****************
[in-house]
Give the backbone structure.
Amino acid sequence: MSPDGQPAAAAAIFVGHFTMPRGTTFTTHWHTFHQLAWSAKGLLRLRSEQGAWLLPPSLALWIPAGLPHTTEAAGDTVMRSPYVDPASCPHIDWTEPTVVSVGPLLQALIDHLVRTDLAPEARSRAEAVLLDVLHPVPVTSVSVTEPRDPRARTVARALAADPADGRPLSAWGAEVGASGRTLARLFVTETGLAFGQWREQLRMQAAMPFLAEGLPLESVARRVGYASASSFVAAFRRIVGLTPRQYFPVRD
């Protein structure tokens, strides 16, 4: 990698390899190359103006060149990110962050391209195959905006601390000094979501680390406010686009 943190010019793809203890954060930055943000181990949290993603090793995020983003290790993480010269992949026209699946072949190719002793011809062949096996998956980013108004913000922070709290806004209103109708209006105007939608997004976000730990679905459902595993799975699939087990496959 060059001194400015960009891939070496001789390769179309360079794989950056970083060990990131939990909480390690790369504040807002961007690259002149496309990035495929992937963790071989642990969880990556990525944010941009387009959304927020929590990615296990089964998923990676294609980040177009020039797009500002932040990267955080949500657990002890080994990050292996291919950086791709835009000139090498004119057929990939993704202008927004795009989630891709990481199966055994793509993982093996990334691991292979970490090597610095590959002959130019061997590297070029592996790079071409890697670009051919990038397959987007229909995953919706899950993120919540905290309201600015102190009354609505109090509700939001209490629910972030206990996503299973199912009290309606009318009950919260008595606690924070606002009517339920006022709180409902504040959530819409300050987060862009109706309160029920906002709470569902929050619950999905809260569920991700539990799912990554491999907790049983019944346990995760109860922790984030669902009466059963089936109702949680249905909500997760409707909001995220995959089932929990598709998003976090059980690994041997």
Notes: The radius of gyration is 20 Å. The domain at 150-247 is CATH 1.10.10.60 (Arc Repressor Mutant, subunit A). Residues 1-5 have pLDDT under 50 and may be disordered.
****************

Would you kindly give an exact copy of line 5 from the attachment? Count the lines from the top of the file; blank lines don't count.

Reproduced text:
Notes: The radius of gyration is 20 Å. The domain at 150-247 is CATH 1.10.10.60 (Arc Repressor Mutant, subunit A). Residues 1-5 have pLDDT under 50 and may be disordered.